EU finally agrees on General Data Protection Regulations

The wording of the document has been finalised and is set to come into force in 2018

EU officials have finally agreed on the wording of the new General Data Protection Regulations (GDPR) following three years of negotiations and draft documents.

Although the changes, which aim to set some kind of data protection consistency around the whole of Europe, haven't been formally agreed upon yet, approval will be top of the EU Parliament's agenda when they meet later in the month.

At this point, it will get the go ahead to become law from 2018 in all 28 member states, replacing often misaligned laws around the continent.

Some of the most notable changes in the GDPR proposals include more rigorous regulations for getting consent to collect data, increasing the age of consent from 13 years to 16 years old, removing information from company servers when Right to Be Forgotten requests are granted, requiring companies to tell EU authorities if a data breach occurs within 72 hours of it happening and establishing a single national office where complaints about data protection can be made.

Advertisement
Advertisement - Article continues below
Advertisement - Article continues below

The regulations will also include provisions for fining companies up to four per cent of their global revenues if they do not comply, which supporters believe will motivate organisations to reassess their data protection policies.

"The most critical change brought about by the GDPR is that jurisdiction is not a physical or geographical barrier jurisdiction will be measured digitally, meaning that companies outside of the EU will be affected by these new regulations by virtue of collecting data that belongs to an EU citizen," attorney Joseph D. McClendon told the National Law Review.

"With fines for non-compliance being set at 4 per cent of a company's global revenue, the financial impact to companies like Google, Facebook, Apple, and Microsoft for non-compliance can potentially result in billions of dollars in fines alone."

Featured Resources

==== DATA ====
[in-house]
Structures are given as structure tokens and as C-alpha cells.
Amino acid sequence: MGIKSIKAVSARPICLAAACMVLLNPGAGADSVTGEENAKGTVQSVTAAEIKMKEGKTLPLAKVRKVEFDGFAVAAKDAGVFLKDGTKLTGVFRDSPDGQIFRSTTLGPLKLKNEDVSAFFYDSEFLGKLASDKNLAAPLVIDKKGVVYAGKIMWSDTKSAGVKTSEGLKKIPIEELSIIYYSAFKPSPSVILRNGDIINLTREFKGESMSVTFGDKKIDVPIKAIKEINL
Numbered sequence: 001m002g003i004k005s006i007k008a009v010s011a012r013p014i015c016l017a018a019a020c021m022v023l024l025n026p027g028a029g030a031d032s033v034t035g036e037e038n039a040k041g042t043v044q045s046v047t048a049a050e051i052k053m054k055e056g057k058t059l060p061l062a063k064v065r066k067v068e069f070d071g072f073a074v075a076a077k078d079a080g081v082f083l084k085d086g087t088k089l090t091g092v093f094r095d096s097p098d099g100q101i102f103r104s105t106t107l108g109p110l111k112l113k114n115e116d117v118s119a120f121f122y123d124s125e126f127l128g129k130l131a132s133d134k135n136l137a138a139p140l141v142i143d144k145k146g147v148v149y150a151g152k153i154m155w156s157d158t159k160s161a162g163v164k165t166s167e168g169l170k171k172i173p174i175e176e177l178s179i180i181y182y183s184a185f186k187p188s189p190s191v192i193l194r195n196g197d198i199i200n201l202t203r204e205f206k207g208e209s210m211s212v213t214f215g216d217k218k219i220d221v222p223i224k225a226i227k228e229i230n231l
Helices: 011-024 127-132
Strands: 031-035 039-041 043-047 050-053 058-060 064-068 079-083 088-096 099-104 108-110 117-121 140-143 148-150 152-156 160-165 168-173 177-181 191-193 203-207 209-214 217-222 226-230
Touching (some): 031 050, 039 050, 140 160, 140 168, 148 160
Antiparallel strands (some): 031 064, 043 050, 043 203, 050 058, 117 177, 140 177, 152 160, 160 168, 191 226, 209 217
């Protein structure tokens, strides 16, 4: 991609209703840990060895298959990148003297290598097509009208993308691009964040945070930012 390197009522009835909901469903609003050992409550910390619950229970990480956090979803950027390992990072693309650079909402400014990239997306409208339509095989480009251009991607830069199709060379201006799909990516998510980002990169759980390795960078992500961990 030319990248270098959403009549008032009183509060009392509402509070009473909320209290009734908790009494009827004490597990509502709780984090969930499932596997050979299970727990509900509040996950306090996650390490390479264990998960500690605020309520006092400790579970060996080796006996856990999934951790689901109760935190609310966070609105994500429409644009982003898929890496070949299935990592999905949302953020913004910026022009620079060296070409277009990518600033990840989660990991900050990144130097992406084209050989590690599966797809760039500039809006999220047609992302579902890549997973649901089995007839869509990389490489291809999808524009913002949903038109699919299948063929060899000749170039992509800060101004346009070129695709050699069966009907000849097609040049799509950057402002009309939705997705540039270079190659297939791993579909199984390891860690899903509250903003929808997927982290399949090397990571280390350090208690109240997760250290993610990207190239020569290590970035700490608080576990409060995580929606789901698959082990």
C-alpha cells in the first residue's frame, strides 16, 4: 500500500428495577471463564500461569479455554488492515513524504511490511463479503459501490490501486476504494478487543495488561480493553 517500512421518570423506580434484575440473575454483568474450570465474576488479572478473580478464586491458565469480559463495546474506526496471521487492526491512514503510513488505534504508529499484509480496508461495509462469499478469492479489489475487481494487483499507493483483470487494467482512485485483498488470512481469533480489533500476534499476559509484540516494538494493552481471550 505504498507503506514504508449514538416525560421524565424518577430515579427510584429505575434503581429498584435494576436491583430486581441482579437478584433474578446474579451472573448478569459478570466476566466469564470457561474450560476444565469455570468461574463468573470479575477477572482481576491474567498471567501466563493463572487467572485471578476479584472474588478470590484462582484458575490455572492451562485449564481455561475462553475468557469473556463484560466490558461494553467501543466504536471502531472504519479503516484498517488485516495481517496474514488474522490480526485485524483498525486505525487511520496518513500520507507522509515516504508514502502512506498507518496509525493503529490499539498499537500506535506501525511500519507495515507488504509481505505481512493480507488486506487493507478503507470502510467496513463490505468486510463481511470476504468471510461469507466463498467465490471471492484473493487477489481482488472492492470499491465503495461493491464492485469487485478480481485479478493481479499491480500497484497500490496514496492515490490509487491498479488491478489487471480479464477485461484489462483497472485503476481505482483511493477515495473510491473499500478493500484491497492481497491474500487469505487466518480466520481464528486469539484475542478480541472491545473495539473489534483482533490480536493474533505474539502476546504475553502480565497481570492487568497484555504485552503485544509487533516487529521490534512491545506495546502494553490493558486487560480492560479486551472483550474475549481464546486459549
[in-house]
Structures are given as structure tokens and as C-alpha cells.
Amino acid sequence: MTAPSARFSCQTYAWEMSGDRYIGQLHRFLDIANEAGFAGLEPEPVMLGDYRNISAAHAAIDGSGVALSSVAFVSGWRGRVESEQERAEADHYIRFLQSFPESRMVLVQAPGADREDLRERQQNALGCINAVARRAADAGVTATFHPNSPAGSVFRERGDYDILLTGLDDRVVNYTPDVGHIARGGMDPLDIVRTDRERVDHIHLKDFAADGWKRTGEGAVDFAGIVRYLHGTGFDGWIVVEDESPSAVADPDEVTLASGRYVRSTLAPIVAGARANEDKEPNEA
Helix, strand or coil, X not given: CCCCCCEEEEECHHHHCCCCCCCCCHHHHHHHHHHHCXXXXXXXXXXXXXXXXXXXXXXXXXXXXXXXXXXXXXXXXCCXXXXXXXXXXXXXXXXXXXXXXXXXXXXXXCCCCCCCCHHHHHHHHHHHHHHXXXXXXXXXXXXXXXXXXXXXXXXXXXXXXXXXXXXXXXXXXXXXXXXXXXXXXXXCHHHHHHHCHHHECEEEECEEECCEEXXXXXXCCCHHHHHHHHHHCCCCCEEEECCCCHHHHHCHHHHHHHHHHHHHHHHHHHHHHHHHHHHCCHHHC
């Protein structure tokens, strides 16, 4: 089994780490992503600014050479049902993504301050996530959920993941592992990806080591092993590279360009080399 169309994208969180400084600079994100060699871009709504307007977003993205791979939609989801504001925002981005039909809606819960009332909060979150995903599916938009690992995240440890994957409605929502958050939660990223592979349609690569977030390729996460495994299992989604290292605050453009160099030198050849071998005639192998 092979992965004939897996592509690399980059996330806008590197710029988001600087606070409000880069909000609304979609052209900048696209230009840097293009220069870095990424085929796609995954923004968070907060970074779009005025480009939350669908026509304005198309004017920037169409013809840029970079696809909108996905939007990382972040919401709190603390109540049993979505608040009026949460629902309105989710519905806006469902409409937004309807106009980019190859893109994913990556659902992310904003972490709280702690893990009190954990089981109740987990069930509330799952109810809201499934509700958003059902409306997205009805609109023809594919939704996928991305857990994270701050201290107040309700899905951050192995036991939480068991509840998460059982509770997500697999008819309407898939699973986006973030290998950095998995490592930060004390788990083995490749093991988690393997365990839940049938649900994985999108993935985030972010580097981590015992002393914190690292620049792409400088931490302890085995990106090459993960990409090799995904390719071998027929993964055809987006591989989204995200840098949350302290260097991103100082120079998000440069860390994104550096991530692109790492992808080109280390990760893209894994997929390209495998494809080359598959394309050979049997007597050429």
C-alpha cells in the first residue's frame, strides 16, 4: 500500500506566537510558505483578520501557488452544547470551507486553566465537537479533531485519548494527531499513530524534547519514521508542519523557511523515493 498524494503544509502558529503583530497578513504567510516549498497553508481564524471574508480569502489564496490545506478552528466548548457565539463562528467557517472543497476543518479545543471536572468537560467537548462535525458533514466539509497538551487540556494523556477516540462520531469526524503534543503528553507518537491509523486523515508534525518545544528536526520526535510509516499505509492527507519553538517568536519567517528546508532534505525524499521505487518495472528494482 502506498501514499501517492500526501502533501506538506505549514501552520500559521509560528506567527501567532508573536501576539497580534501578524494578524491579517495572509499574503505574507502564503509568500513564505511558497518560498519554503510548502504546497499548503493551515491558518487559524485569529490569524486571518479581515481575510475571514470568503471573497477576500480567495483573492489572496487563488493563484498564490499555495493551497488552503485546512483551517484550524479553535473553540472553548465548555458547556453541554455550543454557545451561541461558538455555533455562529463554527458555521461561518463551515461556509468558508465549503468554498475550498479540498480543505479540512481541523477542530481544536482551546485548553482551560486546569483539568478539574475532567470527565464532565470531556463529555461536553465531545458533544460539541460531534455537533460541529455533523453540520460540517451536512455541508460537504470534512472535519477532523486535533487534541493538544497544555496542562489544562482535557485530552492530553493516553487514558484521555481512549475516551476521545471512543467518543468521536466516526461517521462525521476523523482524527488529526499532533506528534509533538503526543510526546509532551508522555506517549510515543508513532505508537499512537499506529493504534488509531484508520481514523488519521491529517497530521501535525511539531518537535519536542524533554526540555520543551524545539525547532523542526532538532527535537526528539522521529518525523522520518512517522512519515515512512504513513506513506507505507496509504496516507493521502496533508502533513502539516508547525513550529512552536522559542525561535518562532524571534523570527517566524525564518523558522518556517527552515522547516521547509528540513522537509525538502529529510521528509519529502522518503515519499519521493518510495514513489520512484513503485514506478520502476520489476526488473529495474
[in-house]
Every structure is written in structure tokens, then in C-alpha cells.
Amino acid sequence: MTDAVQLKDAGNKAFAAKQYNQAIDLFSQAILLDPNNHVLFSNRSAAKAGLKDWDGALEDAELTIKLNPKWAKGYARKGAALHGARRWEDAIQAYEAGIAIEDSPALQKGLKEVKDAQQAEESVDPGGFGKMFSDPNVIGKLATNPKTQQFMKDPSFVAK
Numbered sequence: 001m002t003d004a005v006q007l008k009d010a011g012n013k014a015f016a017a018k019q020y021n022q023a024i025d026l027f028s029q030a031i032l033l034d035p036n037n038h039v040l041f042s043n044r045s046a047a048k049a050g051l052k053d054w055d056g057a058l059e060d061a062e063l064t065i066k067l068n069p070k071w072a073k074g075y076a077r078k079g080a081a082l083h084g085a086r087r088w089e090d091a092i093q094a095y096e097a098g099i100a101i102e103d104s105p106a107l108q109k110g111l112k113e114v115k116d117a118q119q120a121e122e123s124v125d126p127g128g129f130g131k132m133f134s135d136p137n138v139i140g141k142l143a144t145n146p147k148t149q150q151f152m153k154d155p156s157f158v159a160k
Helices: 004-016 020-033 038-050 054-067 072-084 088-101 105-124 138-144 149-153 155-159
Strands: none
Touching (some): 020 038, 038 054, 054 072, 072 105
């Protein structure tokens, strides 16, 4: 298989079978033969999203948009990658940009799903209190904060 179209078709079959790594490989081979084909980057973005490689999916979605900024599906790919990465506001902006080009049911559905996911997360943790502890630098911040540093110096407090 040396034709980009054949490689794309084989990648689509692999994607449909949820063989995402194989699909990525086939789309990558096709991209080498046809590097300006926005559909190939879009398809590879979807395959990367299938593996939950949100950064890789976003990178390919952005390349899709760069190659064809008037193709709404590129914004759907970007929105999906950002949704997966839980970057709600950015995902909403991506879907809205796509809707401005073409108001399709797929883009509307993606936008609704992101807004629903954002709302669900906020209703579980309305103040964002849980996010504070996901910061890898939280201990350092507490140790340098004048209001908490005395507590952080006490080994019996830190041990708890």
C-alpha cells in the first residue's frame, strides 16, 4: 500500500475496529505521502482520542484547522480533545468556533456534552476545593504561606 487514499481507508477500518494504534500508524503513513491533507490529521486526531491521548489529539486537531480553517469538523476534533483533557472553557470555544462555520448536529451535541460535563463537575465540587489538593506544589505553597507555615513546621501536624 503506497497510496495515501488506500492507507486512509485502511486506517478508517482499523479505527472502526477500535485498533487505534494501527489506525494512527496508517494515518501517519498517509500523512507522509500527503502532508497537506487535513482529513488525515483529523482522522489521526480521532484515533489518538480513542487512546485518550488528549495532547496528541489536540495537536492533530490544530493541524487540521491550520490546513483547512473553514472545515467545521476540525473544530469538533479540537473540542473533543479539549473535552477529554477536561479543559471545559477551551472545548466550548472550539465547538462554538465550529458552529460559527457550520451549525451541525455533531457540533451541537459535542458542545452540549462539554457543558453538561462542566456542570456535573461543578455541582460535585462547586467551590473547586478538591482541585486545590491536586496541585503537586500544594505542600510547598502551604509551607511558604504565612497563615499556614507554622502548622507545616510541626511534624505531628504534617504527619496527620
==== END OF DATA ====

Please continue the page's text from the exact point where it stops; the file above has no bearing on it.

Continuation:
What you need to know about migrating to SAP S/4HANA

Factors to assess how and when to begin migration

Download now

Your enterprise cloud solutions guide

Infrastructure designed to meet your company's IT needs for next-generation cloud applications

Download now

Testing for compliance just became easier

How you can use technology to ensure compliance in your organisation

Download now

Best practices for implementing security awareness training

How to develop a security awareness programme that will actually change behaviour

Download now
Advertisement

Recommended

Visit/data-insights/data-management/354423/eu-us-data-transfer-tools-used-by-facebook-ruled-legal
data management

EU-US data transfer tools used by Facebook ruled legal

19 Dec 2019
Visit/backup/33385/arcserve-udp-9240dr-review-beef-up-your-backups
backup

Arcserve UDP 9240DR review: Beef up your backups

4 Apr 2019

Most Popular

Visit/policy-legislation/data-governance/354496/brexit-security-talks-under-threat-after-uk-accused-of
data governance

Brexit security talks under threat after UK accused of illegally copying Schengen data

10 Jan 2020
Visit/security/cyber-security/354468/if-not-passwords-then-what
cyber security

If not passwords then what?

8 Jan 2020
Visit/policy-legislation/31772/gdpr-and-brexit-how-will-one-affect-the-other
Policy & legislation

GDPR and Brexit: How will one affect the other?

9 Jan 2020
Visit/web-browser/30394/what-is-http-error-503-and-how-do-you-fix-it
web browser

What is HTTP error 503 and how do you fix it?

7 Jan 2020